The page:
A Man Called Hero

Even coming into this film with lowered expectations due to the many mixed comments I have read I was still greatly disappointed. As was once said about Oakland, there is simply no there there. The film is as emotionally hollow as a dead fossilized tree. There is really not a true heartfelt moment in this entire film and it left me aghast.

This film is the stylistic sequel to last year's Storm Riders. Once again director Andrew Lau (Young and Dangerous series) brings a comic book to the big screen and indulges in this new world of HK fantasy in which supposedly Hollywood type special effects will allow HK films to compete in the global market. But not only are the special effects computer generated, but it feels as if the script and acting was as well. If this is the future of HK film, let me off the bus.

Seemingly so intent on creating a film with an epic legendary feel to it and utilizing lots of special effects, they forgot to include a few small matters such as characters that you care about and a plot that pulls the viewer in. Part of the problem is the structure of the film. Nearly two thirds of it is told through various flashbacks from different characters and this just creates an artificial distance to be put up between the characters and the viewer. No one comes across as a real person - just as cardboard characters and when a few of them die during the film it has no emotional impact whatsoever. This film is based on the Chinese cartoon – Chinese Hero – but I would have to imagine that the cartoon figures had more flesh and blood  than did these film characters.

The worst offender has to be the main character – Hero – played by Ekin Cheng. His comrade Shadow shows more acting range – and he wears a mask the entire film! Ekin nearly goes through the entire film with his face set in some sort of heroic grimace – as if ready to be sculpted. He and the rest of the characters are complete ciphers from beginning to end.

A quick summary for those who may be interested. It begins in the early part of the 20th century in China. Hero and Shadow are martial arts students of Pride (Anthony Wong). Hero's parents are killed by some gweilo opium traders – and Hero immediately gets his revenge. This forces him to leave his love Kristy Yeung behind and flee China to America – but not before he impregnates Kristy.

Sixteen years later his son Sword (Nicholas Tse) comes looking for him and he finds people who knew his father and in flashbacks they tell him what happened after Hero came to New York City.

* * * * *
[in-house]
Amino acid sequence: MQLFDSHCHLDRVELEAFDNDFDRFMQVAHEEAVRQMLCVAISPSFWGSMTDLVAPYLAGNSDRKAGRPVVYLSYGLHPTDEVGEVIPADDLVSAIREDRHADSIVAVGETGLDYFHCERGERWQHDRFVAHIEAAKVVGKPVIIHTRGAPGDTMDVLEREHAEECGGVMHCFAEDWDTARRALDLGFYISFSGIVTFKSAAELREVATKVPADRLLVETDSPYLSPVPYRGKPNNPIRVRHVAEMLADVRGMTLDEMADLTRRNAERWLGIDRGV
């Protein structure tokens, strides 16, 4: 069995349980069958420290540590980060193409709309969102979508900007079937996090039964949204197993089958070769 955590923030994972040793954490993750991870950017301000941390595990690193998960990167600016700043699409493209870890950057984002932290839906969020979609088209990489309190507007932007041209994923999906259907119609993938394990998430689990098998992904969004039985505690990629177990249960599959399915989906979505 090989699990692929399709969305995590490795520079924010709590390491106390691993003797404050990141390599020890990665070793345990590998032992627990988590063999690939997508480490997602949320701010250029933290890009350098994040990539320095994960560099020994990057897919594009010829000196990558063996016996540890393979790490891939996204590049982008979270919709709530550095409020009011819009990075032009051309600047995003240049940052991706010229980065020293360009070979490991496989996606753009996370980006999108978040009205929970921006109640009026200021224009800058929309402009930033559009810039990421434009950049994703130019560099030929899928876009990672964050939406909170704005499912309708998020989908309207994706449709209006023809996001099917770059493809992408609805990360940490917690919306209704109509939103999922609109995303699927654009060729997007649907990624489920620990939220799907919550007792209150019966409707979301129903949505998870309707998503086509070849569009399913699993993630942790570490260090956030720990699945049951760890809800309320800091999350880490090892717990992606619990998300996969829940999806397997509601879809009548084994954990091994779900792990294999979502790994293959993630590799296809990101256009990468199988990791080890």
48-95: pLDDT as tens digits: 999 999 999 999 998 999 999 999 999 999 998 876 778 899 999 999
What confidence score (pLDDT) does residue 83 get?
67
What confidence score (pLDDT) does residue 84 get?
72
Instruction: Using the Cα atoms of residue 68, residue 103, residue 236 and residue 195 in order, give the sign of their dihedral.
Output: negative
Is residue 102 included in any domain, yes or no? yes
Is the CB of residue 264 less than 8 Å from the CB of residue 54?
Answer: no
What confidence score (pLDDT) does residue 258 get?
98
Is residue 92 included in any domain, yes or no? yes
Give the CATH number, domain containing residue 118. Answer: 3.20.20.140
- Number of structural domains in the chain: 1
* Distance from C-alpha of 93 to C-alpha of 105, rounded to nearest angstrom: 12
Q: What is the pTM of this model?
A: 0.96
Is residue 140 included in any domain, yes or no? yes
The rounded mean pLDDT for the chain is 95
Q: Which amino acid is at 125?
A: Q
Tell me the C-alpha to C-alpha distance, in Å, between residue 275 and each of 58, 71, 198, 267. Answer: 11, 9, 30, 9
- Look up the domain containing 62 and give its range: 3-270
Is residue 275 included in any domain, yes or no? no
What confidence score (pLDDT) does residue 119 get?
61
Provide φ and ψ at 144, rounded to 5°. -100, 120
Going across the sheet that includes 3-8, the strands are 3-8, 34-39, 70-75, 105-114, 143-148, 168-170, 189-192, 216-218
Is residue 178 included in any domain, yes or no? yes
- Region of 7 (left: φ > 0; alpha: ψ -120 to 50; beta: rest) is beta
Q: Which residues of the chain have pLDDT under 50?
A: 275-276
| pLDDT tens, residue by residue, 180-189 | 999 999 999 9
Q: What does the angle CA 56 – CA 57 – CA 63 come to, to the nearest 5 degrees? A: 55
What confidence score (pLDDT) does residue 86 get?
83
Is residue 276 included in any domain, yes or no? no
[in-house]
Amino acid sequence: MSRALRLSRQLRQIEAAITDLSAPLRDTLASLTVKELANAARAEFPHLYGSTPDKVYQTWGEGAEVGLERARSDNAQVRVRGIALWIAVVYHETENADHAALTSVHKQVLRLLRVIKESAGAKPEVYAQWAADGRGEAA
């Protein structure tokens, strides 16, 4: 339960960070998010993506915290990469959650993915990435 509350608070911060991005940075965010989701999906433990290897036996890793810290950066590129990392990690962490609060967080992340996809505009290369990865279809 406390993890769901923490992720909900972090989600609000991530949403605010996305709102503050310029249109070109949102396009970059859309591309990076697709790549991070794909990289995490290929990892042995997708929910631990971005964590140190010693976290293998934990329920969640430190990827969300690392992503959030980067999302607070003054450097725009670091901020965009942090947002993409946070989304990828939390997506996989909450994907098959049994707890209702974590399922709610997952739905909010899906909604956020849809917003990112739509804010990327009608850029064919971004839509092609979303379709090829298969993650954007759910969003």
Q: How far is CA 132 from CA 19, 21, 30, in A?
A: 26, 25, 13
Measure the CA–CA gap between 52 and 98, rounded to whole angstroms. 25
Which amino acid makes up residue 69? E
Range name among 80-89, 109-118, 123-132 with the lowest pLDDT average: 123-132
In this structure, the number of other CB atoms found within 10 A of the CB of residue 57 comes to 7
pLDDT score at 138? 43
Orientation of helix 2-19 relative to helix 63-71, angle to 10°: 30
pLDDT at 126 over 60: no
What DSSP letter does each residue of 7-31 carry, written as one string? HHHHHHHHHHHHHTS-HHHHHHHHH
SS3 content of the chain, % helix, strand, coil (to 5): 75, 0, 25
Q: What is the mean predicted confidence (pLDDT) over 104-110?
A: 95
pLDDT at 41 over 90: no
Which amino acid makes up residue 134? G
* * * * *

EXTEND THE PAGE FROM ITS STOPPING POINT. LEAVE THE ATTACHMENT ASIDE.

The son becomes a friend with Yuen Biao who runs a hotel in Chinatown. Yuen is one of the few bright spots in this film – as he has a fight with a group of bigoted white guys. Regretfully, Yuen only has limited time in the film.
Pride has an ongoing feud with another Master – Francis Ng – and Ng sends five Ninjas to America to kill Hero. Among these are Mark Cheng, Sam Lee and Hsu Chi. In a fight Hero wounds Hsu Chi, but instead of delivering the death blow – he saves her and she falls in love with him. Later in one of the more idiotic turns in the film the KKK comes to NY and tries to burn down Chinatown while Hero fights Ng on top of the Statue of Liberty.
Though the film has a great cast on the surface – don’t let that fool you – Sam Lee, Francis Ng, Hsu Chi, Anthony Wong, Mark Cheng, Grace Yip and Yuen Biao are all terribly underutilized while Ekin and Tse are just terrible. Only Kristy shows a bit of range and heart in this film.
So this leaves us with the action and special effects. There is actually very little action and the few fights seem to end much too suddenly such as Yuen’s against the bigots or Hero’s against the killers of his parents. Many of the fights are almost totally fx oriented, but the fx are close to laughable. People are flying around so quickly that I thought I was watching a Mighty Mouse cartoon. There is a minimal amount of real martial arts. One particular fight between Anthony Wong and Francis Ng reflects this. They face each other down with swords drawn – and . . . splash water on one another – all with fx of course. Finally Wong says the fight is over – he has won – huh? – what did Ng get his underwear wet. It was just ridiculous.
 
Of course the worst thing about this film – besides that it was a big box office success – is that it left enough open ends for a sequel to be almost a sure thing. What a dreadful thought.

My rating for this film: 4.0